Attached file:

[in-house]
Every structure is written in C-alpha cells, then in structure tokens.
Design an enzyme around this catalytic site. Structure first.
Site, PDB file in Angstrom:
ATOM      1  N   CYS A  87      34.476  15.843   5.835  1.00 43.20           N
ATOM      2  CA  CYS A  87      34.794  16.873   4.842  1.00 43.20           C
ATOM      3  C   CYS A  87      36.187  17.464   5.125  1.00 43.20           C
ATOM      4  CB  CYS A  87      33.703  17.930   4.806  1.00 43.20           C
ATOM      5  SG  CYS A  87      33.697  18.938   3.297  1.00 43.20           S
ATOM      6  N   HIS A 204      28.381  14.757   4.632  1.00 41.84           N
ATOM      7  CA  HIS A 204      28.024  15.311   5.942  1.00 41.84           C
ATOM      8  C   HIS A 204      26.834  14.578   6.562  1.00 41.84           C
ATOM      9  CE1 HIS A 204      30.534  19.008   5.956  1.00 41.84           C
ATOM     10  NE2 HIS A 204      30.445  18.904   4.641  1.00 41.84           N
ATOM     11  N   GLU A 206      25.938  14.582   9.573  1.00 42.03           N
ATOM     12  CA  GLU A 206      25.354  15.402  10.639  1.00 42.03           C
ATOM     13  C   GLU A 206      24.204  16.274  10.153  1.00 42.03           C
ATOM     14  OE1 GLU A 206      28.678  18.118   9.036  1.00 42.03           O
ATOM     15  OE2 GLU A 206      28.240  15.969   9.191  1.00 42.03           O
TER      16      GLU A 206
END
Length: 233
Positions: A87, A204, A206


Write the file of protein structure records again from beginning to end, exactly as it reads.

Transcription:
[in-house]
Every structure is written in C-alpha cells, then in structure tokens.
Design an enzyme around this catalytic site. Structure first.
Site, PDB file in Angstrom:
ATOM      1  N   CYS A  87      34.476  15.843   5.835  1.00 43.20           N
ATOM      2  CA  CYS A  87      34.794  16.873   4.842  1.00 43.20           C
ATOM      3  C   CYS A  87      36.187  17.464   5.125  1.00 43.20           C
ATOM      4  CB  CYS A  87      33.703  17.930   4.806  1.00 43.20           C
ATOM      5  SG  CYS A  87      33.697  18.938   3.297  1.00 43.20           S
ATOM      6  N   HIS A 204      28.381  14.757   4.632  1.00 41.84           N
ATOM      7  CA  HIS A 204      28.024  15.311   5.942  1.00 41.84           C
ATOM      8  C   HIS A 204      26.834  14.578   6.562  1.00 41.84           C
ATOM      9  CE1 HIS A 204      30.534  19.008   5.956  1.00 41.84           C
ATOM     10  NE2 HIS A 204      30.445  18.904   4.641  1.00 41.84           N
ATOM     11  N   GLU A 206      25.938  14.582   9.573  1.00 42.03           N
ATOM     12  CA  GLU A 206      25.354  15.402  10.639  1.00 42.03           C
ATOM     13  C   GLU A 206      24.204  16.274  10.153  1.00 42.03           C
ATOM     14  OE1 GLU A 206      28.678  18.118   9.036  1.00 42.03           O
ATOM     15  OE2 GLU A 206      28.240  15.969   9.191  1.00 42.03           O
TER      16      GLU A 206
END
Length: 233
Positions: A87, A204, A206